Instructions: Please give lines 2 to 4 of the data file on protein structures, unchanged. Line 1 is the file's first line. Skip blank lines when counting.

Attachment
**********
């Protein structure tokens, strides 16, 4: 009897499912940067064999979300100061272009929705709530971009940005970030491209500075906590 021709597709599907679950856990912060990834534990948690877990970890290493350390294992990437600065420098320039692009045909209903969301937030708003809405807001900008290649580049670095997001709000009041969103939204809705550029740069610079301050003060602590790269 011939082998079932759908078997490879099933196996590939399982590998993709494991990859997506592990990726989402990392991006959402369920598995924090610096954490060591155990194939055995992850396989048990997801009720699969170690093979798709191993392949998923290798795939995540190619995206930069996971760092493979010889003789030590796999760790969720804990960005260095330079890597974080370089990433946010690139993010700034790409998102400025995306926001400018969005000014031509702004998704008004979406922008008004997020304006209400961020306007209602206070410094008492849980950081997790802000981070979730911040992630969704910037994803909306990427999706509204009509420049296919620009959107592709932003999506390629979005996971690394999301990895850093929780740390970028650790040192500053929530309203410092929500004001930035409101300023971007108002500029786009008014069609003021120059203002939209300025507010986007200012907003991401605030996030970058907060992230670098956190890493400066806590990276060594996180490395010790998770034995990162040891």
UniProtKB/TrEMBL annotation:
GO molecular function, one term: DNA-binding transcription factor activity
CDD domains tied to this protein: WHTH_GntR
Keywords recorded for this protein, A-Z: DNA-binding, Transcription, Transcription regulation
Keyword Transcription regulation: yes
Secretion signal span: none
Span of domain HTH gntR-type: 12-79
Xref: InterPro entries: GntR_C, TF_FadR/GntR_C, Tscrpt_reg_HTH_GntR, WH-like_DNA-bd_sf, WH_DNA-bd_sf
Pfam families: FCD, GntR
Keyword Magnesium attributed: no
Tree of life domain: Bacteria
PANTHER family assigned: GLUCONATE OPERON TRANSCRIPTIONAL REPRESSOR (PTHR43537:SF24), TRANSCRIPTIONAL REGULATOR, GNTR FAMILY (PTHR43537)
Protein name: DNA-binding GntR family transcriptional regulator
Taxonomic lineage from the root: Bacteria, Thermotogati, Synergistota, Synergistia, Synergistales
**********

UniProtKB/TrEMBL annotation:
GO molecular function, one term: DNA-binding transcription factor activity
CDD domains tied to this protein: WHTH_GntR